While the simplicity of direct experience is always here, we need the support of daily and frequent reminders.  Perhaps we pause every morning or before every meal. Every stop at an intersection can become the opportunity to breath and feel, rather than remaining absorbed in the preoccupations.  We can even ask ourselves, am I living directly in the world in this moment or am I living in the world of my preoccupations?  If the preoccupations are there, we are not trying to push them away. We are simply widening our field of attention to include more than the thoughts.

If you would like, try it right now.

Wherever you are, begin to listen and feel the energy of the sounds around you.

Feel the sensation of earth beneath you…    And the sky above.

Feel the melodies of life within you, the heart beating, the body breathing and the field of sensations.

Feel yourself arriving, here now, simple and direct.

For more about the documentary, explore here – http://walkwithmefilm.com/.

 

 

 

Skyward and Earthbound

I have never known anyone who felt self important in the morning after spending a night on an Idaho mountainside under a star studded summer sky.  Frank Church

These words sum up time away in Idaho with my family. Throughout the week, amidst the mountains, beside the glacial lakes and flowing rivers, I am continually reminded of being a part of something larger. I soak up the moments of self-preoccupations fading into the background as the mystery and aliveness of the universe flood forward.  Wonder, awe and humility are welcome visitors.  In daily life, it is easy and human to get snagged by our stories, our plans and agendas, history and anticipation.  The stories are not the problem, it is our fixation (for some even addiction) to them that creates a heaviness in life.

Amidst nature, for a time life falls into place and perspective.  The self takes up a little less mental bandwidth, making room for the many things that otherwise go unnoticed, unseen and unheard.

I return home with my self in tact.  In fact, we need it to function in the world, but today it feels lighter and more porous, available and open to life.  I am thankful for the time to be away and to be humbled, at the same time uplifted by the earth and the sky in all of its grandeur and brought back down, grounded and at home.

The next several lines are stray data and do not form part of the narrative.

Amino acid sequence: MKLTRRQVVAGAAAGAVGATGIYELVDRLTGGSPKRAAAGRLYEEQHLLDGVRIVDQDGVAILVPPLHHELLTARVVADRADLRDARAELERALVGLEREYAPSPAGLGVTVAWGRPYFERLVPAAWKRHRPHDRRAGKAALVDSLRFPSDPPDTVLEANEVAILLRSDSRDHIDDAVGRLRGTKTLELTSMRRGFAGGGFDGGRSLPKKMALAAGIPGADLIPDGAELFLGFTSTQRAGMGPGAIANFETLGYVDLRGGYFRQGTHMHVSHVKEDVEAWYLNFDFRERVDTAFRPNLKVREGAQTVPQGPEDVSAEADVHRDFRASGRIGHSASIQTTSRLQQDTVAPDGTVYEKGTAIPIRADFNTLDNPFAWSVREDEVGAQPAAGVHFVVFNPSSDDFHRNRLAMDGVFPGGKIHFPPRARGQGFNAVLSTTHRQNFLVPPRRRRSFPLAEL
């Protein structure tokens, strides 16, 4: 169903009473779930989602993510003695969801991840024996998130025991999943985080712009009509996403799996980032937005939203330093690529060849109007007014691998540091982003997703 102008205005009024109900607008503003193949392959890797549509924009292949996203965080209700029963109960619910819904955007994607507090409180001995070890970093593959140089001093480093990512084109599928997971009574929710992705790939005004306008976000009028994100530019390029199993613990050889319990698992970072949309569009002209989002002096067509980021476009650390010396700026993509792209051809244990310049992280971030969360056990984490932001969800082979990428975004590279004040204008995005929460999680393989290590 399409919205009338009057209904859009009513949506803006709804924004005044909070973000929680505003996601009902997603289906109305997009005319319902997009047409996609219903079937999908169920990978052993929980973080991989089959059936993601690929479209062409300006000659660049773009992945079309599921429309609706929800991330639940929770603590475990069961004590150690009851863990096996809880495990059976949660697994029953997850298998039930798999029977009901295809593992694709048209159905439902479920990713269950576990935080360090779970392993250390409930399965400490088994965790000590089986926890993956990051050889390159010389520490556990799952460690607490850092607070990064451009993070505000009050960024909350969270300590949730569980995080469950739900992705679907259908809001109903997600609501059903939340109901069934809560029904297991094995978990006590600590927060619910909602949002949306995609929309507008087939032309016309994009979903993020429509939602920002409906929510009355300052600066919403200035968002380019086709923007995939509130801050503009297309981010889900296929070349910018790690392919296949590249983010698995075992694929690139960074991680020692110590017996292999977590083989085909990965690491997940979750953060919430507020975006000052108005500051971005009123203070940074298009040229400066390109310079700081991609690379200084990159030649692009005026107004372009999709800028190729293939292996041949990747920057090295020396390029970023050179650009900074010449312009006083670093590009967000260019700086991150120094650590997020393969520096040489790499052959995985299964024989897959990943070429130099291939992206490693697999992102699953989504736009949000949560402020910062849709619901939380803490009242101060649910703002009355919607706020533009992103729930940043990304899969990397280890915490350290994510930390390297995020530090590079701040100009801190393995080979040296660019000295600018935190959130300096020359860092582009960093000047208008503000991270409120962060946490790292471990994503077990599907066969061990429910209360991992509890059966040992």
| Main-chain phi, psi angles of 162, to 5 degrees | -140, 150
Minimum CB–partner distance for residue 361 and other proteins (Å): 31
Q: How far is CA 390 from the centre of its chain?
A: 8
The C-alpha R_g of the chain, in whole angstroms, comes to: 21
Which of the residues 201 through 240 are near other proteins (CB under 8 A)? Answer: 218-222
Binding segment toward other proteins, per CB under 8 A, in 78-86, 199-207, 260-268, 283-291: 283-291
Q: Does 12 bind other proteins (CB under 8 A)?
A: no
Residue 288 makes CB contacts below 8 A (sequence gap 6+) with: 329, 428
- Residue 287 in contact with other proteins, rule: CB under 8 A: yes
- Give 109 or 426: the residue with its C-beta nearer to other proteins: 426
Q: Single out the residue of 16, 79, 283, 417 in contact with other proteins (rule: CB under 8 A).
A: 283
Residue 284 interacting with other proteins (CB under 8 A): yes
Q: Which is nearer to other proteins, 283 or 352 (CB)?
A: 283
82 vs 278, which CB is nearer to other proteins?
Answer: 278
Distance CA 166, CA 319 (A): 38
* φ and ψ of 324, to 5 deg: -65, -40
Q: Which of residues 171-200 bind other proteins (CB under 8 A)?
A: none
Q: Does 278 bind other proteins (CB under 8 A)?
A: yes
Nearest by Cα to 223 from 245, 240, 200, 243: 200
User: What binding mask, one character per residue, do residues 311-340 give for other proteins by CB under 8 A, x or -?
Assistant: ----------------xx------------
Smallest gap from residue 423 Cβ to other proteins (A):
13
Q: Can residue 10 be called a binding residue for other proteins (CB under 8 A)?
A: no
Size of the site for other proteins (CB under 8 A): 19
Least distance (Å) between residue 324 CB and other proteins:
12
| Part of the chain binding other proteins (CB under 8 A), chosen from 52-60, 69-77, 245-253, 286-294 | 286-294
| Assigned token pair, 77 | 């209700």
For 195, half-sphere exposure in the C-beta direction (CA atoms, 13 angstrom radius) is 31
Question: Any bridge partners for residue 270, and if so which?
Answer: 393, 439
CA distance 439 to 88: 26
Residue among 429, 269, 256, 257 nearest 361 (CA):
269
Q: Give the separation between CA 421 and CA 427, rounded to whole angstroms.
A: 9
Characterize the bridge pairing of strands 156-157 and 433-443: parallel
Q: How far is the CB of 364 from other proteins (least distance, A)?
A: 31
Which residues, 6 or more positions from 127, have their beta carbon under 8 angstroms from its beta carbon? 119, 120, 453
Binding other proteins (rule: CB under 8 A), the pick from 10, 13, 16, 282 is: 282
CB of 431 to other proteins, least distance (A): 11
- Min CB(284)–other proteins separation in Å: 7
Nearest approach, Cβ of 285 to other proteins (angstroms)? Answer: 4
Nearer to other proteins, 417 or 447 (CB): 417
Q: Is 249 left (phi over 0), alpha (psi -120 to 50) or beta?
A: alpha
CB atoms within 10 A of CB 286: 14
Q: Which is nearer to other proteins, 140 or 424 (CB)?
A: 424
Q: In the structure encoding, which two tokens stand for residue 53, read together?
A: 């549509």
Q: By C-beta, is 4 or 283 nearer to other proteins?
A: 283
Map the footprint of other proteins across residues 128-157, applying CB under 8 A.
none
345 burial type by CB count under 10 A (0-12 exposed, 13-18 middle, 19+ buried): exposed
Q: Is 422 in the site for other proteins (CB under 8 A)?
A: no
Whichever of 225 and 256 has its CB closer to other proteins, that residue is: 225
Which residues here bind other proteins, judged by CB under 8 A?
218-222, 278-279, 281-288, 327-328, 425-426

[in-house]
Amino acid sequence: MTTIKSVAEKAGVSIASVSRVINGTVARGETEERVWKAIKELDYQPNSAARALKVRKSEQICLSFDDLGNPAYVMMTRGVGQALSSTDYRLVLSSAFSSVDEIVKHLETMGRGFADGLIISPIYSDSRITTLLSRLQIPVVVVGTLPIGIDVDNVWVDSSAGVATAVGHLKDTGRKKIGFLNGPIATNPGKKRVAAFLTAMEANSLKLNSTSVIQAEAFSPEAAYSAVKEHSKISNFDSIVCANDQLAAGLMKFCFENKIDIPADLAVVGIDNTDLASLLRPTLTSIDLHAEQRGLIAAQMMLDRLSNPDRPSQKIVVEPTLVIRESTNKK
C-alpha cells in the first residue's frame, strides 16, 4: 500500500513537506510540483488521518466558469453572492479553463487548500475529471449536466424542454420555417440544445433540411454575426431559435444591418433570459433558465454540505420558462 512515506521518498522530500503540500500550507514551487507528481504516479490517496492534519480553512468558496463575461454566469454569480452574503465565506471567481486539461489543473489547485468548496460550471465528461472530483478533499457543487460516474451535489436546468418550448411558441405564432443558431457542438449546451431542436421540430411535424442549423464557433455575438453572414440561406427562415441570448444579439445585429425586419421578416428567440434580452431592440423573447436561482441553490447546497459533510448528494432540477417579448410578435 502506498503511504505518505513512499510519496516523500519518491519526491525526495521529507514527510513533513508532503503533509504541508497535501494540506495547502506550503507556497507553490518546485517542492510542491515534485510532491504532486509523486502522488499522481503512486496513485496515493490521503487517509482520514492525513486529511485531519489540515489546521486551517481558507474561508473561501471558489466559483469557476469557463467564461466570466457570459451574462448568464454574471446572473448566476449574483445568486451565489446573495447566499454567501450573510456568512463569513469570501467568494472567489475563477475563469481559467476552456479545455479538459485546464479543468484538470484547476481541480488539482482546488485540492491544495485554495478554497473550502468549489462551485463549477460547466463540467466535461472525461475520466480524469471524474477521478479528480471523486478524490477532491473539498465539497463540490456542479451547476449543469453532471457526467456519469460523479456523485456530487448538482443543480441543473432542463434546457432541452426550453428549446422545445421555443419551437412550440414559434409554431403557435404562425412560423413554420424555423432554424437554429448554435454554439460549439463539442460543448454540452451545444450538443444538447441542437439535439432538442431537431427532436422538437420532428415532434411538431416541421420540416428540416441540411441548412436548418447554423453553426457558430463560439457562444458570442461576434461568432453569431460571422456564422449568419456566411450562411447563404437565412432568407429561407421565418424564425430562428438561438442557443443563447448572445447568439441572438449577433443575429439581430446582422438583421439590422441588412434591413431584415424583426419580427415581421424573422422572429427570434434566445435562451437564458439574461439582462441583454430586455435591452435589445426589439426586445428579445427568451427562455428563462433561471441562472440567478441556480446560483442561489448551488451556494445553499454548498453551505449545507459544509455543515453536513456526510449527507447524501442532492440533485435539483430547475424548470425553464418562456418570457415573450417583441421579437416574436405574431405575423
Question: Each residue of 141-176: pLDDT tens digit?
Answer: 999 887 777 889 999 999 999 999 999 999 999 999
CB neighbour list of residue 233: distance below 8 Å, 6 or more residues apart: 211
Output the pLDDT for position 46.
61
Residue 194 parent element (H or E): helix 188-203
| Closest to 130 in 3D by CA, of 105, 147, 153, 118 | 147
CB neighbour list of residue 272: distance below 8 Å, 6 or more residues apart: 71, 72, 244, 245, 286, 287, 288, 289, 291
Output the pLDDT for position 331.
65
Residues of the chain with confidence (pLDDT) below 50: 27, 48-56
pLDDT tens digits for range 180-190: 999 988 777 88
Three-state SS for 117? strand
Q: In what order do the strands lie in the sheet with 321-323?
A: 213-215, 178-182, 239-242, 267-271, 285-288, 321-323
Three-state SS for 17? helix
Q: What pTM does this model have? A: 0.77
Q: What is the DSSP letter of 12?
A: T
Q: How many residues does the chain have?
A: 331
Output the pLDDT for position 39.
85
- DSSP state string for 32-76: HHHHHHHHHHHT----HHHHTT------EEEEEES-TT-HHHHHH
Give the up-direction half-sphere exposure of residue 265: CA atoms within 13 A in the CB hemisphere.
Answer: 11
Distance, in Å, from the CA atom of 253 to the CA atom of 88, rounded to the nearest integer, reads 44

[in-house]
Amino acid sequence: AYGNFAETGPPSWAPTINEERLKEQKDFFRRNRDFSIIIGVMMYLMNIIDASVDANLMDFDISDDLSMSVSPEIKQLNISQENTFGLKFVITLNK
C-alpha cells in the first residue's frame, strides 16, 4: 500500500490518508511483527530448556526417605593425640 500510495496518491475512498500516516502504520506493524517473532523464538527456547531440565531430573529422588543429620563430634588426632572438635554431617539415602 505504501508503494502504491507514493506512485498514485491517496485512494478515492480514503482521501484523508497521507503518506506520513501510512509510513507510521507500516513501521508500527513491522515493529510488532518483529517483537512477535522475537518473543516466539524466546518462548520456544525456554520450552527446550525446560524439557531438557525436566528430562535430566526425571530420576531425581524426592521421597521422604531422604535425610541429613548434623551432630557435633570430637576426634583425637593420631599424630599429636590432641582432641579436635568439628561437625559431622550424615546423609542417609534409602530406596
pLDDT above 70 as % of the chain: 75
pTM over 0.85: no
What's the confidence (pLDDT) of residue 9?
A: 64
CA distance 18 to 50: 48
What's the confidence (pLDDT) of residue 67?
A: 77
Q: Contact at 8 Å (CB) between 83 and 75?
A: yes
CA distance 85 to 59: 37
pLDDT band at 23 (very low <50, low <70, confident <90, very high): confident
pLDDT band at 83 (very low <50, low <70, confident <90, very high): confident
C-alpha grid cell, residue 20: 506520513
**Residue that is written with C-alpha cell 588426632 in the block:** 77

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The Sawtooth Mountains

 

Waking up to the laundry.

I’ve returned from time away with my family in the Caribbean and the spacious and restful quality of vacation seems to be lingering forward even as work begins, laundry piles up and dishes need to be emptied from the dishwasher.  It is an interesting paradox to experience.  I return to life pretty much as it was, yet it all feels slightly different.

There is a zen saying, “Before enlightenment, chop wood, carry water. After enlightenment, chop wood, carry water”.  I am not claiming enlightenment, but I do feel more spacious in myself and my experience.  Awakening or enlightenment can arise in varied degrees, but I feel it is much more subtle than we otherwise might imagine it to be.  It is not always some grand and blissful experience.  Often it may be a more subtle enlivening of that which is ordinary.  In fact, the simple things that we miss can come alive in extraordinary ways … the breath, the wind and, yes, even the everyday mundane task of unloading the dryer and folding the laundry.  There is space for it all. Enlightenment is simply feeling a little (or more) lighter in our experience.  There is room for it to come and go without the constant and habitual identification and controlling.

So as I return, and life chores need attending and my girls continue to play and fight fiercely at times, there is this quality of allowing life to be as it is.  And even when the dialogue arises, “I wish my girls would quiet down” or “I’m tired of the laundry”, these thoughts can come and go as well.

Everything is the same and everything is different.  Life is still ordinary, and simultaneously precious and extraordinary.

Marcel Proust describes my feeling well.  “The real voyage of discovery consists not in seeking new landscapes, but in having new eyes.”

While the spaciousness and freshness may subside into the background at any moment, I am thankful for it now and trust it is always here waiting.